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Federal Court Denies Motion to Immediately Close Locks to Prevent Infiltration of Asian Carp

The U.S. District Court for the Northern District of Illinois recently denied a motion for preliminary injunction in Michigan v. U.S. Army Corps of Engineers, Case No. 10-cv-04457, which is a case brought by five States to prevent the infiltration of Asian carp into the Great Lakes.  The plaintiffs’ motion for preliminary injunction included a request to “temporarily clos[e] and ceas[e] operation of the locks at the O’Brien Lock and Dam and the Chicago River Controlling Works except as needed to protect public health and safety.”

In a nutshell, the Court held that “Plaintiffs have not met the high burden necessary to obtain a mandatory preliminary injunction.  In the face of multi-agency efforts to prevent Asian carp migration – efforts that have only increased and expanded in the months since this lawsuit was filed – Plaintiffs have not shown either a sufficient likelihood of success on the merits of their substantive claims or a sufficient prospect of irreparable harm absent the requested injunction.”

Specifically, the Court held that plaintiffs have “a minimal chance of success on the merits” of their Administrative Procedure Act claims: “[T]the evidence does not support the view that the Corps’ actions were wrong at all, much less arbitrary and capricious.  In fact, there is no evidence that Asian carp have entered Lake Michigan through the [Chicago Area Waterway System], that the barrier system has not operated with reasonable effectiveness, or that the operation of the O’Brien Lock has adversely affected Plaintiff’s interests.”  The Court also held that plaintiffs have “a very modest likelihood of success” on their public nuisance claim, given that “the current evidence shows that (1) only one Asian carp has been discovered above the barrier; (2) at most, crediting the eDNA testing, only a small number of individual Asian carp exist above the electric barrier; (3) there is no basis for concluding that the electric barrier has been breached at all, much less in any significant way; (4) the closest known population of Asian carp in any significant numbers is in either the Brandon Road pool (south of Joliet), or more likely, in the Dresden Island pool (near Morris, many miles below the barrier); (5) the best estimate of the location of any juvenile (or ‘young of year’) Asian carp is even further downstream in the Marseilles area; and (6) the potential for the establishment of a self-sustaining population in the CAWS above the electric barrier or in Lake Michigan remains an unknown.”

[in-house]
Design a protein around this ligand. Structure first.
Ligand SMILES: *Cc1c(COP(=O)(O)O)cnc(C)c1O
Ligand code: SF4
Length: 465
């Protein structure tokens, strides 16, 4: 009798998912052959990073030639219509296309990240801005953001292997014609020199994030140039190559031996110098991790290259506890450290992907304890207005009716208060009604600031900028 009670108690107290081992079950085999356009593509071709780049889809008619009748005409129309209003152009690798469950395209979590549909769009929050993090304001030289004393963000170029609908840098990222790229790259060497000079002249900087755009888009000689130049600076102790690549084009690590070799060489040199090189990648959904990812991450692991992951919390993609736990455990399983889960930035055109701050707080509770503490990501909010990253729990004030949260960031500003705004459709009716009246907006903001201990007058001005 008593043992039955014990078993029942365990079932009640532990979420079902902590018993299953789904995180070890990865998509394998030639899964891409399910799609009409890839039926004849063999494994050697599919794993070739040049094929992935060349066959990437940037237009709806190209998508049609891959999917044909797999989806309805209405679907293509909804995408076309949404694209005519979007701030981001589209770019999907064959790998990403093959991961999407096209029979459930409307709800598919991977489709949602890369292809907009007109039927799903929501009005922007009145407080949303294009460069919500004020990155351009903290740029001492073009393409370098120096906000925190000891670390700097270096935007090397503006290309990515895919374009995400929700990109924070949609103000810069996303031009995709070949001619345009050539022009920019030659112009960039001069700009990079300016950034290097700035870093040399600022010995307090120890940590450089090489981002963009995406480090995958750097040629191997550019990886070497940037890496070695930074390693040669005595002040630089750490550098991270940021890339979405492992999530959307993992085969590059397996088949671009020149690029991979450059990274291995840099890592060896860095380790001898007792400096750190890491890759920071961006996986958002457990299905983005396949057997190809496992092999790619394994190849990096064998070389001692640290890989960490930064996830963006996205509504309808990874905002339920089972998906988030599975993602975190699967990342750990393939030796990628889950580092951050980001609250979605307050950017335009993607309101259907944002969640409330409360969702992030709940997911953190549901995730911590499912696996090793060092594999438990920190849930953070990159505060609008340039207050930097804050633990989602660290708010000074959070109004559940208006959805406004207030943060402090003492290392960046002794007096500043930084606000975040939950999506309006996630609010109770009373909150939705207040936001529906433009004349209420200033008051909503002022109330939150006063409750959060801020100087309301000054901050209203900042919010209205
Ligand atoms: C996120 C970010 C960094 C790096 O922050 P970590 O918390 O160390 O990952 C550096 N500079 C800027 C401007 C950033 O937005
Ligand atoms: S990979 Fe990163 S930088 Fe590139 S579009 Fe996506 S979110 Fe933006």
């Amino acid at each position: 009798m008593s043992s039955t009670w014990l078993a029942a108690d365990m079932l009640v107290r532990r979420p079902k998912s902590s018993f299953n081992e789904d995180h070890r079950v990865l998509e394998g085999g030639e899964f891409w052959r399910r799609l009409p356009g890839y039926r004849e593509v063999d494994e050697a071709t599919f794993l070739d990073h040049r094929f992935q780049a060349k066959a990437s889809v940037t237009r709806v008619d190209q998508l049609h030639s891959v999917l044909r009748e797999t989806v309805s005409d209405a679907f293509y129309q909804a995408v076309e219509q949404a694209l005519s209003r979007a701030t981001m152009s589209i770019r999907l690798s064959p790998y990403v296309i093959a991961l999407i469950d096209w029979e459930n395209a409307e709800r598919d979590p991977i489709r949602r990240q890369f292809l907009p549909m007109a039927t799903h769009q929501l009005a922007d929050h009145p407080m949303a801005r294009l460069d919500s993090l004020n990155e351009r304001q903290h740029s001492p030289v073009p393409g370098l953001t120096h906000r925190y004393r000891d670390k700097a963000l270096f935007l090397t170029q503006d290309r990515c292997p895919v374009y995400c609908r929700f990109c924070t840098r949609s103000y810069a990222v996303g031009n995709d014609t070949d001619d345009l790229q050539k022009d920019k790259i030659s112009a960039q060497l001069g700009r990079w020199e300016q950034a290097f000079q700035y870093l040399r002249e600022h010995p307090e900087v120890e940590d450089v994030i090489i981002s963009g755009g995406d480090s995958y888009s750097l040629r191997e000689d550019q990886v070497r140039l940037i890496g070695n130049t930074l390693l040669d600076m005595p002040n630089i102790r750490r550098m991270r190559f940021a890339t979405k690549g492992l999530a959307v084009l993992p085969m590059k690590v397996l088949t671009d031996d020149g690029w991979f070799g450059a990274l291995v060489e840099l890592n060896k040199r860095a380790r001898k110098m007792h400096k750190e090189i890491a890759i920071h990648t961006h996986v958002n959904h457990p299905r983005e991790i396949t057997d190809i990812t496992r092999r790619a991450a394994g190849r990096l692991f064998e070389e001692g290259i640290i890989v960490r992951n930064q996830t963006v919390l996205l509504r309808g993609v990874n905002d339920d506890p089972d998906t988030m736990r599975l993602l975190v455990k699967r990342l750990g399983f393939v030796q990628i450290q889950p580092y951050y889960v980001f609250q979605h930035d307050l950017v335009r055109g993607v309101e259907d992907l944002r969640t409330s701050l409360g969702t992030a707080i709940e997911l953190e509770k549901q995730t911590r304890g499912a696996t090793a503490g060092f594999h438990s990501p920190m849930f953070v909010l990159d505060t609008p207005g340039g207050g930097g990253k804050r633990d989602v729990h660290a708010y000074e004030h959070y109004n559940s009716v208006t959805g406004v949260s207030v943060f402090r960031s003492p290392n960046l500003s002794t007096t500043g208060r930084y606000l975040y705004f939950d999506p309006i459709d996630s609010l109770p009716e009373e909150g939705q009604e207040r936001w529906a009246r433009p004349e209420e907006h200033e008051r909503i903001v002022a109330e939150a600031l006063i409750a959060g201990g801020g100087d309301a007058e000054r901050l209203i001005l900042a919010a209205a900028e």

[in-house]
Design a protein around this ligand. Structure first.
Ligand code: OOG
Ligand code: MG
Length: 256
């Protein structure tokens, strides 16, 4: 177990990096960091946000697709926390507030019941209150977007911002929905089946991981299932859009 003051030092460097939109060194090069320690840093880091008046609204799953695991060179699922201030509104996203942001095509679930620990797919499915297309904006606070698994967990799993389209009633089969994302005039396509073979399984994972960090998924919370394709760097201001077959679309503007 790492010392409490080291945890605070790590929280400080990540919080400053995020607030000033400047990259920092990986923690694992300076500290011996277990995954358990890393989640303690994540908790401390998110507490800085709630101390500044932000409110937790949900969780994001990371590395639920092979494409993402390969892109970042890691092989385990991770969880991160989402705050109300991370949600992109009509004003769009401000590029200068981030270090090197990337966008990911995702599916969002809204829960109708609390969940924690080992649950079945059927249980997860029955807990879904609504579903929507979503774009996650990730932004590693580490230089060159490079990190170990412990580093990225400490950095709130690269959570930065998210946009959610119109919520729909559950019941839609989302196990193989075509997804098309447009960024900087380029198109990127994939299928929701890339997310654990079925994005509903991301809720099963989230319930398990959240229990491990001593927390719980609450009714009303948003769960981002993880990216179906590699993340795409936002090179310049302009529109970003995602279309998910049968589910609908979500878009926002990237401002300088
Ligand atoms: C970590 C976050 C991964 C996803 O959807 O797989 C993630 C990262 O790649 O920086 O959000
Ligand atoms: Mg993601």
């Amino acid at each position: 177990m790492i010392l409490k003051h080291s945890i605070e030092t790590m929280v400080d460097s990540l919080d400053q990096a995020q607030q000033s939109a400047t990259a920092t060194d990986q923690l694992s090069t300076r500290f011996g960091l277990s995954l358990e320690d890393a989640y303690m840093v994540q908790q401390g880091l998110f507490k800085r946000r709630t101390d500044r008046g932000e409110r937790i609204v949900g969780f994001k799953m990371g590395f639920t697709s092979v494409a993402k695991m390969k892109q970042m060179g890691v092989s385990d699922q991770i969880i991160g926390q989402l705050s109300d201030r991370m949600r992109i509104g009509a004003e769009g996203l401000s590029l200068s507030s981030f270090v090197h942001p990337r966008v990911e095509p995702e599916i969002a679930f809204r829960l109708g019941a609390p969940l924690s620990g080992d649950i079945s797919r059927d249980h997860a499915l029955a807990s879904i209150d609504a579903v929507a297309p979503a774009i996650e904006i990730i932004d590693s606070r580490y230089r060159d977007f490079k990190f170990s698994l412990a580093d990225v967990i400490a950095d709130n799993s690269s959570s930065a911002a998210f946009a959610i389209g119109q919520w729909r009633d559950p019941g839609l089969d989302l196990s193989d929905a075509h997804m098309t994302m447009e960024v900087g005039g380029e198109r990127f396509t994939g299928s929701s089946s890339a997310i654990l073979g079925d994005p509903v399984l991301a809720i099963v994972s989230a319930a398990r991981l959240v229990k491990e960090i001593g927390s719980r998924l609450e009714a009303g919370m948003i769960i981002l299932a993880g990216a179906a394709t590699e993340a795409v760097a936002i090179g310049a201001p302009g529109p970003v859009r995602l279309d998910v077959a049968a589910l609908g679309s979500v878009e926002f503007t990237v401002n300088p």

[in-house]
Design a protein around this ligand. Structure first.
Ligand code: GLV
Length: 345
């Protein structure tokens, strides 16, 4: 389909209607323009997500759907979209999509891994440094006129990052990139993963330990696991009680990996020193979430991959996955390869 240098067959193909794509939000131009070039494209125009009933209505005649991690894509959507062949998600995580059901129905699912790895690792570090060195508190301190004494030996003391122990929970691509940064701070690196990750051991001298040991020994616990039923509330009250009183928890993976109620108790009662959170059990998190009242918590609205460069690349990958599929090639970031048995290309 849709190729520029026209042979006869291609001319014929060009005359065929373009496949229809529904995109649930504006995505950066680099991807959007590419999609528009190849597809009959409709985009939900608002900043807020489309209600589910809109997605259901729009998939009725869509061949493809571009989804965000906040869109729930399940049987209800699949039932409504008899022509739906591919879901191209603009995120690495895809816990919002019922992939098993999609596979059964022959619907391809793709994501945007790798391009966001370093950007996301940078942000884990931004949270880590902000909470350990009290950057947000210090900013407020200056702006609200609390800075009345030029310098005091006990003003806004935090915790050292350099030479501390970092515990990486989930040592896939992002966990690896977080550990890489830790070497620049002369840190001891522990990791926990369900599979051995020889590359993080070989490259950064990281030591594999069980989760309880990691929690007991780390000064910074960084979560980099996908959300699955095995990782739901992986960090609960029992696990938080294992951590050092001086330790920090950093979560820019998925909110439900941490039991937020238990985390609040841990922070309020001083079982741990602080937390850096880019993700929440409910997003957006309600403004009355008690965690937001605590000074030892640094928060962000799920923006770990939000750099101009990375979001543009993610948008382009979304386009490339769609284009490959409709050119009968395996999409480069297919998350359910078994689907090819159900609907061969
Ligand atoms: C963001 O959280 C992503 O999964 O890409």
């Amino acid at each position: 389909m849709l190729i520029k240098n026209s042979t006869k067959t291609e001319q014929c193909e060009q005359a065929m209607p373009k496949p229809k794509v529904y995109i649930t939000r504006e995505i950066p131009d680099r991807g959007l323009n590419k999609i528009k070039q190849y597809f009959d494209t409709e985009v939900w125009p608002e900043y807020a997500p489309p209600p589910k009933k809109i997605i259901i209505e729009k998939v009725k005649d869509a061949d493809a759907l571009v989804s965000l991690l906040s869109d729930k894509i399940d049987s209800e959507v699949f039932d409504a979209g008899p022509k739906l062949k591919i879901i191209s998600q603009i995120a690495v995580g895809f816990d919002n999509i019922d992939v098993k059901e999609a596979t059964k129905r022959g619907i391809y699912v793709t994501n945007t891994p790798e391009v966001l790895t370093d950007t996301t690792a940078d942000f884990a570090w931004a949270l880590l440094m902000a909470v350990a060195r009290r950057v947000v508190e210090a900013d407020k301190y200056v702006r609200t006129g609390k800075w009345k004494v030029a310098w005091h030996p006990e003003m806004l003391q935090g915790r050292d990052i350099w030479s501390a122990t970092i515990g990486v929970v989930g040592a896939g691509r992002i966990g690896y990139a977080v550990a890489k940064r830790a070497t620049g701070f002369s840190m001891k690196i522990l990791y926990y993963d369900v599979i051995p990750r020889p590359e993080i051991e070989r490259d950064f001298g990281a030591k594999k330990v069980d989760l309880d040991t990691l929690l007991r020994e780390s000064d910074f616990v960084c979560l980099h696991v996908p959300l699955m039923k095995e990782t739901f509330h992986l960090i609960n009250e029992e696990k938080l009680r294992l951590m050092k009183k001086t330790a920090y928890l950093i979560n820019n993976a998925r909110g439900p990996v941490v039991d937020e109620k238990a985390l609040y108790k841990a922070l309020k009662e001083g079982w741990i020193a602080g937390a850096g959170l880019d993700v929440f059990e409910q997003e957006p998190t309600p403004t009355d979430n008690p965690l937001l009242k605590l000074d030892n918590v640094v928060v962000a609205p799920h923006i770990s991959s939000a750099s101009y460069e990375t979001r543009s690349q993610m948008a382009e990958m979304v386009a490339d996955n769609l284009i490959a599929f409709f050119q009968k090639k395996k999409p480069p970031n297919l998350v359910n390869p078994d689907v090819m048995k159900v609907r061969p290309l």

In considering whether plaintiffs have proven irreparable harm, the Court discounted the testimony of plaintiffs’ expert: “[T]he centerpiece of Plaintiffs’ claim of irreparable harm is Dr. Lodge’s testimony based on the positive eDNA results that he reported above the electric barrier, along with the discovery of a single live fish in Lake Calumet and one dead fish found (below the barrier) in the December 2009 rotenone event.  Yet the eDNA results and those few fish, amongst the hundreds of thousands of pounds of fish collected, do not establish the requisite likelihood of imminent or irreparable harm.  Nor does the state of the eDNA science permit a reasonable inference that live Asian carp are in the canal system above the barrier in numbers that present an imminent threat.  Negative eDNA results comprise a super-majority of the results when compared to the number of samples taken.”

Finally, the Court held that plaintiffs did not carry their burden of showing that the balance of the harms weighed in their favor.  In fact, the Court held that the balance of the harms actually weighed in the favor of the defendants: “Indeed, based on the evidence of record, the harms associated with the potential for increased flooding and sanitary issues and the economic hardships associated with the requested relief outweigh the more remote harm associated with the possibility that Asian carp will breach the electronic barriers in significant numbers, swim through the sluice gates and locks, and establish a sustainable population in Lake Michigan.”

Note that this is not the end of the case.  Instead, the Court denied plaintiff’s motion for preliminary injunction, which is a request for temporary relief before discovery and a trial on the merits occur.  However, considering the Court’s conclusions regarding the plaintiffs’ expert witness, this is a big blow to the plaintiffs’ case.

Stay tuned to the Illinois Environmental Law Blog for more news and developments.

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